18 may be too young to start a nomadic lifestyle. I started my journey at the age of 31. When you’re 18, you’re still growing and getting to know yourself. Being on the road puts you in an extreme situation, which will make you grow so much faster than you should. Go for the normal way of living first, and see how you feel about it. How can you rebel and prefer an alternative if you didn’t even try the norm yet?
It doesn’t have to be all of nothing. The middle-ground is called long term travel. You can take off for just a year or six months with a backpack, and see how that feels. This doesn’t come with the social pressure of choosing something a lot of people don’t understand. You also don’t have the financial pressure, as you can save up before the trip, and not worry about making money on the road.
You mentioned in your comment that you wish to wander aimlessly. This type of travel is probably okay when you are young. As you get older, this is no longer enough. You need some kind of a meaning even as a nomad. Having a goal is important to help you keep going. The road changes, it has no stability or meaning – you have to create the meaning yourself. I must say that struggle with it as well. Maybe everyone who isn’t a part of the rat race of career and family does. That’s the price you pay for trying to be cool. To conclude my answer, you can’t run from yourself – the lunatic inside of you, always seems to follow.
The Influence of a Nomadic Ancestry
Richard: I’ve been a nomad my entire life. The majority of the time it was because my parents were nomads, and so when I went on my own into the adult world I was molded already to be the same way. It’s interesting to see a website describe my life. I just want to say that there are always going to be some people who just don’t know any other way of living. I enjoy my life, being exposed to different cultures all the time is the greatest gift of life to me.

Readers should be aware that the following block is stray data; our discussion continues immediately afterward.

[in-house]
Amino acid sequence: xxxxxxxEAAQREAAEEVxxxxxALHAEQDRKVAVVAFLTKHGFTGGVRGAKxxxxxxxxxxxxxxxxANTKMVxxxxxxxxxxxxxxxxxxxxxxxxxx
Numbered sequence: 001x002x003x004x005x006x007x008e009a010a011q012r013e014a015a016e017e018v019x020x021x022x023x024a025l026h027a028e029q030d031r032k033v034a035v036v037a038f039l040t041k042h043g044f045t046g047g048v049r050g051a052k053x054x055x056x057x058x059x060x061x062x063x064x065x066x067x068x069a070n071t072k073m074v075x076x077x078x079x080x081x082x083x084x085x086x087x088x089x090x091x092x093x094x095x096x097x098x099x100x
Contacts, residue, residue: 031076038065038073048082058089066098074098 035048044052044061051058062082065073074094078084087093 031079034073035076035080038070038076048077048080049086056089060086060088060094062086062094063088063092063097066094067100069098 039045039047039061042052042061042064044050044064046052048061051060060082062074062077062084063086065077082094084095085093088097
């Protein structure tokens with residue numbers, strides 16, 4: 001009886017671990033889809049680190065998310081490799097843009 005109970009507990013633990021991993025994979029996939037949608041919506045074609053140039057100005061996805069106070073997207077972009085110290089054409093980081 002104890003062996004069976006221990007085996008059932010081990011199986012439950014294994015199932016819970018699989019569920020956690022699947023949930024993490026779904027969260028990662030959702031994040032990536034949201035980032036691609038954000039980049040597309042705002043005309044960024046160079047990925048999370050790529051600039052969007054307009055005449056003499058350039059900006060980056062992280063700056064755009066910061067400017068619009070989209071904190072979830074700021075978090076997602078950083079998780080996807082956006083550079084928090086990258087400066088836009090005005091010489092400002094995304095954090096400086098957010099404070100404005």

My parent are not nomads, we never even traveled. For me it was a great surprise that I enjoy this lifestyle. I think it’s great to know in advance that this is the life you want to lead. For some people, this takes so long to discover – like older couples in the US, who take their RV, go nomadic, get blown away and wish they’d known that beforehand. It’s also possible that after living nomadically with your parents, you’ll be happy to settle down, who knows. We can always run away from our mold and reinvent ourselves.
For me it was surprising to see how much I enjoy travels and switching between locations. The first time was in Paris when I was 16. I was a spoiled child, who played computers games all day long. But at night in Paris, I just decided to wander between one metro station to the other. When I was 21, I was walking around Cyprus at night, to save to accommodation, and was stopped by the police. I think I completely understood that I wanted this lifestyle when I was backpacking across South America, which was the best period in my life.
Vovk: My ancestors lived a nomadic lifestyle for most of their history. It’s been well over a thousand years, but I’ve always wanted to renew their legacy. Thanks for the tips.
This connects well to what Richard said. Maybe even if your parents didn’t travel, you can still have the nomadic desire in your blood, from your ancestors. Most of our ancestors did this, by the way. A nomadic life may be a good way to connect with your origins, so you own it a try.